50 Ways The World is Getting Better

“I am not an optimist. I am a very serious possibilist.” – Hans Rosling

You don’t have to look too far to find negativity these days.

Just watch the news, go on social media, or even have conversations with friends, family members, or co-workers.

You’ll likely hear or read about political instability, natural disasters, murder, disease, or an endless list of bad news you can find 24/7 because of the free flow of information. Every year people label the current year the worst year ever but these people have obviously never read a history book.

The combination the negativity and availability bias make it easy to assume the world is getting worse on a daily basis. It feels as if we’re now taking one step forward and two steps back.

In reality, this is the greatest time in history to be alive. The world has seen an unbelievable amount of progress over almost any time horizon you look at. It’s just that bad news is an event or headline while good news is a process or statistic. Bad news makes for a better story and stories are what stick with us, not statistics.

I’ve read four books over the past few months that make it clear just how much progress the world has experienced to get to this point (all four books were excellent):

Each of these books methodically goes through the data to show how human ingenuity and innovation have created massive progress around the globe. There is still a lot of work to be done and the world is certainly far from perfect.

But sometimes it’s good to have a reminder that progress is there even when it doesn’t feel like it. What follows are 50 amazing facts I found in these books that prove this out:

1. Over the last 20 years, the proportion of people living in extreme poverty has almost been cut in half.

2. Just 200 years ago, 85% of the world population lived in extreme poverty. 20 years ago it was 29%. Today only 9% live in extreme poverty while the majority of people (75%) around the globe live in middle-income countries.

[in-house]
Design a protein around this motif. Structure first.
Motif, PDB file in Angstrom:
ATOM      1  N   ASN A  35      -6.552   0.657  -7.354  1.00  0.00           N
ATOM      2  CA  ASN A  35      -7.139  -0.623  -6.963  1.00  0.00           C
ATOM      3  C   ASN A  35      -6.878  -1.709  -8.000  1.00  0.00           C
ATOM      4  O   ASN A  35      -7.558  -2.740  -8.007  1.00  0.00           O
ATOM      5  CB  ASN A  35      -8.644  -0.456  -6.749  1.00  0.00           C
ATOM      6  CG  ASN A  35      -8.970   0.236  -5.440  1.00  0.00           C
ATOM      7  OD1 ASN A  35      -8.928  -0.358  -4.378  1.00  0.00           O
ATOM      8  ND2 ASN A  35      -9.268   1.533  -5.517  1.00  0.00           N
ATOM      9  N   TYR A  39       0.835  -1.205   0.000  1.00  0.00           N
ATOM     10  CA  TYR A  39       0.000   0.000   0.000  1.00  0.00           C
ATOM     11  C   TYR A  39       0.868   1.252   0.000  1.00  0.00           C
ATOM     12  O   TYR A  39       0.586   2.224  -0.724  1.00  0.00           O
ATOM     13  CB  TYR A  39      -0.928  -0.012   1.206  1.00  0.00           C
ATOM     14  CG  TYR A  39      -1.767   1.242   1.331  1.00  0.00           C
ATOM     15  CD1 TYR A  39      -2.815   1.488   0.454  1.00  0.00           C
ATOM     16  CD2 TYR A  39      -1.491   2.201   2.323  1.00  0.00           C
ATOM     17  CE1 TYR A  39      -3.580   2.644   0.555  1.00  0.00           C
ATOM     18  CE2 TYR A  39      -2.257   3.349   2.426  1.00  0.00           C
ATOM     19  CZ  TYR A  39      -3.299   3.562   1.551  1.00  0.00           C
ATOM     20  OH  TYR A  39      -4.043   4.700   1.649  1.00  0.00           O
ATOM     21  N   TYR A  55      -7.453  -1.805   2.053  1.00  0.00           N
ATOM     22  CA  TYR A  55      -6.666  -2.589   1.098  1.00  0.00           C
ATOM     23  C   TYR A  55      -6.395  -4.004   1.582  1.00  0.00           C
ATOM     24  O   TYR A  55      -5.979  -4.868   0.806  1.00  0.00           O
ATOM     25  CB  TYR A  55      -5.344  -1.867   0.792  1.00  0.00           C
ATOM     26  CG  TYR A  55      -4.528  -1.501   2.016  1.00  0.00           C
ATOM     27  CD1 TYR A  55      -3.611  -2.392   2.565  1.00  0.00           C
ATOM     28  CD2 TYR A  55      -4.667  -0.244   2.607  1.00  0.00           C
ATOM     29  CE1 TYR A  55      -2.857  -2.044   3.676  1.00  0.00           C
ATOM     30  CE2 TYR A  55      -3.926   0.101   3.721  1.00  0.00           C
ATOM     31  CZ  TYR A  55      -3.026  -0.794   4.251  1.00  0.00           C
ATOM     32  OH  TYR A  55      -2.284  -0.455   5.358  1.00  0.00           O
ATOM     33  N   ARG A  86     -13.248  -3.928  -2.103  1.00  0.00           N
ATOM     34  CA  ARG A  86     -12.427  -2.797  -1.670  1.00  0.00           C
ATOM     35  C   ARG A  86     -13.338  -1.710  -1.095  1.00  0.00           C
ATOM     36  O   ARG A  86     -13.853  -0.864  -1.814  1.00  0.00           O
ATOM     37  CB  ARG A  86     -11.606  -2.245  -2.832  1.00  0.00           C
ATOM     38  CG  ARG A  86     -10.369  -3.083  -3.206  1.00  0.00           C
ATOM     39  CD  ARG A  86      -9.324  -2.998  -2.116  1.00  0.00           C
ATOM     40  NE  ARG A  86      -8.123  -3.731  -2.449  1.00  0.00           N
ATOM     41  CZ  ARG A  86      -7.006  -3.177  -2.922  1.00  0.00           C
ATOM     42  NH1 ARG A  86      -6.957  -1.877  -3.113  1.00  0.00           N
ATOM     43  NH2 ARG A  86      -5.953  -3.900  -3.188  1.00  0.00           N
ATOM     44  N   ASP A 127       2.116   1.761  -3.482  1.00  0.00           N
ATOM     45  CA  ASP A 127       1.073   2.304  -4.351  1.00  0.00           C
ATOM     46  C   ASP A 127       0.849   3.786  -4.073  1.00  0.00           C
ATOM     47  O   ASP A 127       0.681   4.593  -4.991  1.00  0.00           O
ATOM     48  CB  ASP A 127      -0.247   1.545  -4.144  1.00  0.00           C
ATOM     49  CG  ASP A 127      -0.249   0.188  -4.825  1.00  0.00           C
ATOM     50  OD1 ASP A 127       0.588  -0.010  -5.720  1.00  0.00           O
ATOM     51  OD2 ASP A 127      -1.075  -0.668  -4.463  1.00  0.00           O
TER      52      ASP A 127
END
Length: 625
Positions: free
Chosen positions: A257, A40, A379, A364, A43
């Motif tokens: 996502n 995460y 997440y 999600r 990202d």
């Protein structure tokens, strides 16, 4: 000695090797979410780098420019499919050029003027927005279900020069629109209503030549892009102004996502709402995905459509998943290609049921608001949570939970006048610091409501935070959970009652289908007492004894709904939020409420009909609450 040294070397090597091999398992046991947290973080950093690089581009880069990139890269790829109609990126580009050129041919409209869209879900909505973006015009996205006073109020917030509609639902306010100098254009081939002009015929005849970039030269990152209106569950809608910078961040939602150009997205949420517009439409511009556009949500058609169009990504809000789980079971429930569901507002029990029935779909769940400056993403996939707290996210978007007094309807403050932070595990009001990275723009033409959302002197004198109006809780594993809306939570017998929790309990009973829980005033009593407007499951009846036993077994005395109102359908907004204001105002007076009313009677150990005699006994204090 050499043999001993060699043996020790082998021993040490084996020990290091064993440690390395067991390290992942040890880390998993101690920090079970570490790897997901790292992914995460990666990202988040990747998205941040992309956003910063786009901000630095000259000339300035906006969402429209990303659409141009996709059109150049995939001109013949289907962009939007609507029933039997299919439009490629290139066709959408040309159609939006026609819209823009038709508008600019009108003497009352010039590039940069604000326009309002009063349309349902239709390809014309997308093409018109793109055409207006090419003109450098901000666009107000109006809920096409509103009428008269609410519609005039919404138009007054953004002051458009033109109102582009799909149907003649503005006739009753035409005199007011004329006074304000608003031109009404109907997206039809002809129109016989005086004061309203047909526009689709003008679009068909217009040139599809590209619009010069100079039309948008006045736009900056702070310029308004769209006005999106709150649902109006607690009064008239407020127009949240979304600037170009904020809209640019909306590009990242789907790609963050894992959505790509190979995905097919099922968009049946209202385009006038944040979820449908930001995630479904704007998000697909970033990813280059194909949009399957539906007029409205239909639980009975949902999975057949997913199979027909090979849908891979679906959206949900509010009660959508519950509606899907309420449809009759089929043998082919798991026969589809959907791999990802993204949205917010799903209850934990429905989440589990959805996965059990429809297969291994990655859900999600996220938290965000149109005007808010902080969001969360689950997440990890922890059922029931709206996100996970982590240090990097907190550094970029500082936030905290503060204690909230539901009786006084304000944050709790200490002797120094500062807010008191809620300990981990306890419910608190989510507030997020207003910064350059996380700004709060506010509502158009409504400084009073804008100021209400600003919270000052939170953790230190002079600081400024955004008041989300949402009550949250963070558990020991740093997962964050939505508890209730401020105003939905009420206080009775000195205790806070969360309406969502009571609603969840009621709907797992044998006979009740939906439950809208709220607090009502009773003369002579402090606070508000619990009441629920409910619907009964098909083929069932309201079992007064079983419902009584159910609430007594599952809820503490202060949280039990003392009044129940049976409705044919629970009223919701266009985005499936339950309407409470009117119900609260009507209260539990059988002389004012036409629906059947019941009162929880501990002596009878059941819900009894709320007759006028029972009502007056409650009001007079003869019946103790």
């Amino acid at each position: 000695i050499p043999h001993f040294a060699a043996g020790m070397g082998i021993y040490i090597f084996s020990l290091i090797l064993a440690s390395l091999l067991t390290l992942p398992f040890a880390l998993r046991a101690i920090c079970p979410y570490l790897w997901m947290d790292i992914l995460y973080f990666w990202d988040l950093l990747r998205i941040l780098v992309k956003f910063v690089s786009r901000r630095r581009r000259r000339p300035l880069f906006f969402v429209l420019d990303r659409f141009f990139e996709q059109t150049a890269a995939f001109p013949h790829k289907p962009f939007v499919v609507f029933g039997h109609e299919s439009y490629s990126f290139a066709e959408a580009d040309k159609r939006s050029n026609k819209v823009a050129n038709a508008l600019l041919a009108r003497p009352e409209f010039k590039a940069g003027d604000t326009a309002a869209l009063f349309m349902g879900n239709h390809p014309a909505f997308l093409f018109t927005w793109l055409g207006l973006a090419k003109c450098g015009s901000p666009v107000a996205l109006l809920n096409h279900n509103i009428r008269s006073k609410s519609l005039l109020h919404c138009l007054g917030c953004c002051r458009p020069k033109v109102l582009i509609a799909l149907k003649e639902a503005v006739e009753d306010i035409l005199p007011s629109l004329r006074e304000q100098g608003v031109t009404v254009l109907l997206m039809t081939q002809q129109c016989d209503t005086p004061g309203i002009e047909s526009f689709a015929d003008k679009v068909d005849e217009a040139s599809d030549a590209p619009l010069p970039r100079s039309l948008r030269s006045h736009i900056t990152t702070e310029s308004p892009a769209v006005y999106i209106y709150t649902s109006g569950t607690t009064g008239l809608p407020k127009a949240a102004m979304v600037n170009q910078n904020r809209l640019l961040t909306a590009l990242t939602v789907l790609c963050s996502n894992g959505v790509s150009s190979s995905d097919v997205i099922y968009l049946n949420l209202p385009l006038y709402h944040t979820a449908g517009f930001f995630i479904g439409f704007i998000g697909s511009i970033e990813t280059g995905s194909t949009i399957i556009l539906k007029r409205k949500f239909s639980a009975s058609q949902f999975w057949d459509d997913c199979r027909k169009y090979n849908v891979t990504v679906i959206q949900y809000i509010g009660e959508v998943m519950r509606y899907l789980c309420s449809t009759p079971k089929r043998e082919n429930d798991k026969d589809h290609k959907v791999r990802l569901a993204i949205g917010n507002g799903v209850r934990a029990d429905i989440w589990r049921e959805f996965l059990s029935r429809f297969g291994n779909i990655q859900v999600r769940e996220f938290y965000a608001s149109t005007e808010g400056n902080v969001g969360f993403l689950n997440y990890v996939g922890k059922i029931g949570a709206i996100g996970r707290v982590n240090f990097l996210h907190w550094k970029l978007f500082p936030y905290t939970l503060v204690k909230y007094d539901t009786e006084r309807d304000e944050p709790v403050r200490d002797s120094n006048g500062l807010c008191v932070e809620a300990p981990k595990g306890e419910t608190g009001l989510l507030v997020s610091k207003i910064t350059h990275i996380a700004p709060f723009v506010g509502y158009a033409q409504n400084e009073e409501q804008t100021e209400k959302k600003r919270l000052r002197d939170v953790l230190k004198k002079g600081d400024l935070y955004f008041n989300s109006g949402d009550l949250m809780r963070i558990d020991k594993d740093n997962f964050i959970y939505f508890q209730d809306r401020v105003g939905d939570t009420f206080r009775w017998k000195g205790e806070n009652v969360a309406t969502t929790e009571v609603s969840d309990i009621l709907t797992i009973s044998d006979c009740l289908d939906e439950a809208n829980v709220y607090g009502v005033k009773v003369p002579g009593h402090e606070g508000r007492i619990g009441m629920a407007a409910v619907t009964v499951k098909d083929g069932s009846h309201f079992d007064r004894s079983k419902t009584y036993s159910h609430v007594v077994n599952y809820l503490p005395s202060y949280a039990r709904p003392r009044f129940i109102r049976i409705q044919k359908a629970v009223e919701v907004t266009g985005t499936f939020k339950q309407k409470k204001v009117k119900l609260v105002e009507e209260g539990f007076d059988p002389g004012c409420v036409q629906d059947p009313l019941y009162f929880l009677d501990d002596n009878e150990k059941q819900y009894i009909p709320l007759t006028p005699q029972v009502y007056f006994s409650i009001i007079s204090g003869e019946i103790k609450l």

3. In 1997, 42% of the population of both India and China were living in extreme poverty. By 2017 that share had dropped to 12% and less than 1% for India and China, respectively. That means almost three-quarters of a billion fewer people are living in extreme poverty in these two countries than there were just 20 years earlier.

4. In 1800, among all babies who were ever born, roughly half died during their childhood. Life expectancy was just 30 years and no country had a life expectancy above 40. Life expectancy at birth was only 45 years in 1870. The average life expectancy around the world today is 72.

5. The violent crime rate has been on a downward trend since 1990 in the U.S. Just under 14.5 million crimes were reported in 1990. By 2016 that figure was well under 9.5 million.

6. The number of deaths from natural disasters is 25% of what it was 100 years ago.

7. Flying has gotten 2,100 times safer over the past 70 years. 2016 was the second safest year in aviation history. The odds of being fatally injured in a plane crash are just 0.000025%.

8. The real price of plane travel in the U.S. has fallen by more than half since the late 1970s.

9. Between the late Middle Ages and the 20th century, European countries saw a 10-fold-to-50-fold decline in their rates of homicide.

10. The share of homes that had electricity in 1870 was exactly zero. Today the proportion of people with electricity is 85%.

11. In 1905, a Vermont doctor and his chauffeur were the first to successfully drive a car across country from San Francisco to New York. It took them 63 days. Today you can fly cross country in a matter of hours while using wireless Internet.

12. There was no entertainment available to the average family in 1870, except for a few traveling musicians or circus performers or in-home board or card games. Today our entertainment options are almost unlimited.

13. Close to 20% of males born in the U.S. died before their first birthday in the year 1900. Today the mortality rate doesn’t reach that high until you get to age 62.

14. More than 37% of deaths in 1900 were caused by infectious diseases. That number dropped to less than 5% by 1955 and just 2% by 2009.

15. Retirement is still is a relatively new concept. In the past most people simply worked until they died. In the year 1870, for those who lived past age 65, the labor force participation ratio for males was close to 90%. Today it’s less than 20%.

16. The average American now retires at age 62. One hundred years ago, the average American died at age 51.

17. The percentage of the population living past their 65th birthday was only 34% in 1870 but jumped to 56% by 1940 and 77% by 2000.

18. Up until the 1870s, people typically worked 11-12 hour days. By 1900, the typical worker put in 10 hours a day, 6 days a week. It wasn’t until 1940 that it came down to the standard 40-hour, 5-day workweek. And these weren’t office jobs sitting behind a desk. The conditions for most workers were terrible and hazardous to their health.